"The reported reopening by the Saudi-led Coalition of Hodeida Port and Sana'a Airport for humanitarian aid is a glimmer of hope in the countdown towards starvation in Yemen".
The coalition sys the United Nations and worldwide relief groups have demanded the coalition allow full access to hubs in Yemen so that humanitarian aid can reach those that desperately need it.
"Humanitarian relief only provides a small portion of the essential goods needed in Yemen - commercial supplies are critical to feed the population and keep basic services running", it said.
The International Rescue Committee (IRC) described the move as a "half measure at best" warning that aid alone can not feed the country.
"They stressed the importance of addressing the humanitarian situation in Yemen and we said that we understood and that the closures were temporary while we work on a comprehensive aid and access plan", the official said.
The coalition said on Wednesday that it would reopen the war-torn country's main airport and a key Red Sea port to humanitarian traffic on Thursday.
Oxfam described said the move was an "empty gesture while millions of Yemenis see their lives threatened by the two-week blockade on the country".
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The committee says that commercial shipments of food and fuel must resume immediately.
"This brinksmanship has to stop". The proposed reopening to humanitarian supplies is a step in the right direction, but represents a minor and insufficient concession within a blockade that is causing the suffering of millions of Yemeni people.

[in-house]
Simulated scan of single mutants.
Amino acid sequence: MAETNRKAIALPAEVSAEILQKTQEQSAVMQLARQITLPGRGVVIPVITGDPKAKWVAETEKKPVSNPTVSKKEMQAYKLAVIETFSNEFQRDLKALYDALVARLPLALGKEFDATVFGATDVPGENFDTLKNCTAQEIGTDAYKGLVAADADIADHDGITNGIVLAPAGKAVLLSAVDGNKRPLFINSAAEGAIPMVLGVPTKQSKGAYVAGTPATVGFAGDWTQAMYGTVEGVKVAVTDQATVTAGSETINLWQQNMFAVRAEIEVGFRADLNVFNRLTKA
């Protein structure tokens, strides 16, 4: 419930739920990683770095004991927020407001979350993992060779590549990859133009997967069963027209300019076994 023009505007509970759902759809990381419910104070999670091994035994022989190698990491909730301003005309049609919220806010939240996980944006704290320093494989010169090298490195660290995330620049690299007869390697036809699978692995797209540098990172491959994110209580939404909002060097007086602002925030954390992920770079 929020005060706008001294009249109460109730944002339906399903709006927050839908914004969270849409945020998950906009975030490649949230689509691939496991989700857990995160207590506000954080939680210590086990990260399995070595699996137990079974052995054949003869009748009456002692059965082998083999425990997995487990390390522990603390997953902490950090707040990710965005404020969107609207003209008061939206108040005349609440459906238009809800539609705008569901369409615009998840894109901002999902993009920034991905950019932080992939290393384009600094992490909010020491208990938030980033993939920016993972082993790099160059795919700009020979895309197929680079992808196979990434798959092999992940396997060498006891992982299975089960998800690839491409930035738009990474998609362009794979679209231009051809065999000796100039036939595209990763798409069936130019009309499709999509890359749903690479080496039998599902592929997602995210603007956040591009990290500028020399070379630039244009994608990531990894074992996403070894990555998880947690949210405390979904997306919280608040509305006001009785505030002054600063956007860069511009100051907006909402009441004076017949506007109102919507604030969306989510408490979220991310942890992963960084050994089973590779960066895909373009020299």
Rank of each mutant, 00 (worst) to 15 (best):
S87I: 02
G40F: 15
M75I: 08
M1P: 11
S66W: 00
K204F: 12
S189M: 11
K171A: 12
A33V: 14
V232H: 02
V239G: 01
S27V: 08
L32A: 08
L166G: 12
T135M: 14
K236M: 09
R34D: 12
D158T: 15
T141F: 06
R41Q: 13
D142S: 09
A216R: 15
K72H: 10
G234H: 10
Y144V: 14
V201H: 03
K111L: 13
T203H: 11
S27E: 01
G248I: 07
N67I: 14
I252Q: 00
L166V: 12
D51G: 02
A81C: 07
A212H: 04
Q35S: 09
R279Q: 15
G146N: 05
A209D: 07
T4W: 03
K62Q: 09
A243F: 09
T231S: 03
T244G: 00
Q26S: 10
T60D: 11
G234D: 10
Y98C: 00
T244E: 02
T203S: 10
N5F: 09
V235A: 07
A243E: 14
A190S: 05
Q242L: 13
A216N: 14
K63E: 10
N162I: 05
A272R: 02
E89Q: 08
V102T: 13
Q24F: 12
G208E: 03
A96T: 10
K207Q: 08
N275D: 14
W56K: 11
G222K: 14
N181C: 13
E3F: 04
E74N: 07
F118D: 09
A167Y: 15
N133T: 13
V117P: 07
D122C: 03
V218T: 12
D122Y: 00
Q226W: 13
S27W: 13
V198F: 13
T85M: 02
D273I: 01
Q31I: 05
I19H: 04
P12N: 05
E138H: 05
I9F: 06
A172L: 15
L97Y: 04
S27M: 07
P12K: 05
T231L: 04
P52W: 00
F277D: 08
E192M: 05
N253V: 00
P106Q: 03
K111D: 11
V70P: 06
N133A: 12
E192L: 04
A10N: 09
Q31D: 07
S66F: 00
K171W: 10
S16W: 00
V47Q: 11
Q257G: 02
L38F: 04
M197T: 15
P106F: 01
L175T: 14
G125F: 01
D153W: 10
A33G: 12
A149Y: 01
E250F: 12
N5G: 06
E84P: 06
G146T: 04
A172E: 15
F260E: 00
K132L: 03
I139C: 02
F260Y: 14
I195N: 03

The coalition imposed the blockade two days after Iran-backed Huthi rebels in Yemen fired a missile at Saudi Arabia's capital Riyadh on November 4. The missile was struck down but it was the farthest a projectile by the rebels, also known as Houthis, had penetrated into the kingdom.
Houthis have been controlling much of Yemen's north by force, including the capital Sanaa since 2014.
The Huthi government on Tuesday announced the country's main worldwide airport was fully functional again a week after a Saudi-led air strike destroyed the facility's navigation system.
Worldwide aid groups describe Yemen as the world's worst humanitarian crisis as millions are at risk of starvation.
For more than two years, airstrikes and ground fighting have left over 10,000 people dead, driven 3 million from their homes, and destroyed the country's already fragile infrastructure.